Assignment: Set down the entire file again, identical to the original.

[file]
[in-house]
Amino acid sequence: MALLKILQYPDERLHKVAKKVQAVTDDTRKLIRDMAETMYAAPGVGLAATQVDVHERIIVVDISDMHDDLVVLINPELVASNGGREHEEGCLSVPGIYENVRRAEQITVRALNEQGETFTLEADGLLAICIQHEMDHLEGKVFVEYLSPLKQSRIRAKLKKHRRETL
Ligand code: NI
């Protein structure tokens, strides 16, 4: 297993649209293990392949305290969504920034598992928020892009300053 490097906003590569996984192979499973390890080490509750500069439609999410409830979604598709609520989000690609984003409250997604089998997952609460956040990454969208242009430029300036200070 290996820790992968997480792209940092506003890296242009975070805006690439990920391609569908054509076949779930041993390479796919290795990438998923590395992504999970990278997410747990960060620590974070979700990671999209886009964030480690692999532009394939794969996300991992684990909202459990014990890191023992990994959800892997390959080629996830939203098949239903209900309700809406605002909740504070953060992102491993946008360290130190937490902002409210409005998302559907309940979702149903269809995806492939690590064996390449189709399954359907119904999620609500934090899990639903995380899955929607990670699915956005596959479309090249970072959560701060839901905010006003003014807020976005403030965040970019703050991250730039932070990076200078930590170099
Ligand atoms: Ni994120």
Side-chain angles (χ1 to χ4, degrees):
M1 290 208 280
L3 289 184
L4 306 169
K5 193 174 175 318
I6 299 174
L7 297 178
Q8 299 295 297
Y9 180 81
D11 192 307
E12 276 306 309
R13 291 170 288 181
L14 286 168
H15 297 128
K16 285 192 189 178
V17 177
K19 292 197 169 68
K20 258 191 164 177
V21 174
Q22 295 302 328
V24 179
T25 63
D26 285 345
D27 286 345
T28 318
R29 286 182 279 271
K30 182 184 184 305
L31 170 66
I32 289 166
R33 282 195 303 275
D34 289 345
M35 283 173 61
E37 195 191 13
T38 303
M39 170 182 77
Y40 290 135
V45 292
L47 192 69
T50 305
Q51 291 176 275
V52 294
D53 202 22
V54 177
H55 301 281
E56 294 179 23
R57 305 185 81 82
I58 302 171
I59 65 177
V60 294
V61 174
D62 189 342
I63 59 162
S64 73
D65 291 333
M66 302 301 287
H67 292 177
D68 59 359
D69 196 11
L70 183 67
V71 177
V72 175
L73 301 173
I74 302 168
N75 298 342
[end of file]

[in-house]
Amino acid sequence: MALLKILQYPDERLHKVAKKVQAVTDDTRKLIRDMAETMYAAPGVGLAATQVDVHERIIVVDISDMHDDLVVLINPELVASNGGREHEEGCLSVPGIYENVRRAEQITVRALNEQGETFTLEADGLLAICIQHEMDHLEGKVFVEYLSPLKQSRIRAKLKKHRRETL
Ligand code: NI
């Protein structure tokens, strides 16, 4: 297993649209293990392949305290969504920034598992928020892009300053 490097906003590569996984192979499973390890080490509750500069439609999410409830979604598709609520989000690609984003409250997604089998997952609460956040990454969208242009430029300036200070 290996820790992968997480792209940092506003890296242009975070805006690439990920391609569908054509076949779930041993390479796919290795990438998923590395992504999970990278997410747990960060620590974070979700990671999209886009964030480690692999532009394939794969996300991992684990909202459990014990890191023992990994959800892997390959080629996830939203098949239903209900309700809406605002909740504070953060992102491993946008360290130190937490902002409210409005998302559907309940979702149903269809995806492939690590064996390449189709399954359907119904999620609500934090899990639903995380899955929607990670699915956005596959479309090249970072959560701060839901905010006003003014807020976005403030965040970019703050991250730039932070990076200078930590170099
Ligand atoms: Ni994120």
Side-chain angles (χ1 to χ4, degrees):
M1 290 208 280
L3 289 184
L4 306 169
K5 193 174 175 318
I6 299 174
L7 297 178
Q8 299 295 297
Y9 180 81
D11 192 307
E12 276 306 309
R13 291 170 288 181
L14 286 168
H15 297 128
K16 285 192 189 178
V17 177
K19 292 197 169 68
K20 258 191 164 177
V21 174
Q22 295 302 328
V24 179
T25 63
D26 285 345
D27 286 345
T28 318
R29 286 182 279 271
K30 182 184 184 305
L31 170 66
I32 289 166
R33 282 195 303 275
D34 289 345
M35 283 173 61
E37 195 191 13
T38 303
M39 170 182 77
Y40 290 135
V45 292
L47 192 69
T50 305
Q51 291 176 275
V52 294
D53 202 22
V54 177
H55 301 281
E56 294 179 23
R57 305 185 81 82
I58 302 171
I59 65 177
V60 294
V61 174
D62 189 342
I63 59 162
S64 73
D65 291 333
M66 302 301 287
H67 292 177
D68 59 359
D69 196 11
L70 183 67
V71 177
V72 175
L73 301 173
I74 302 168
N75 298 342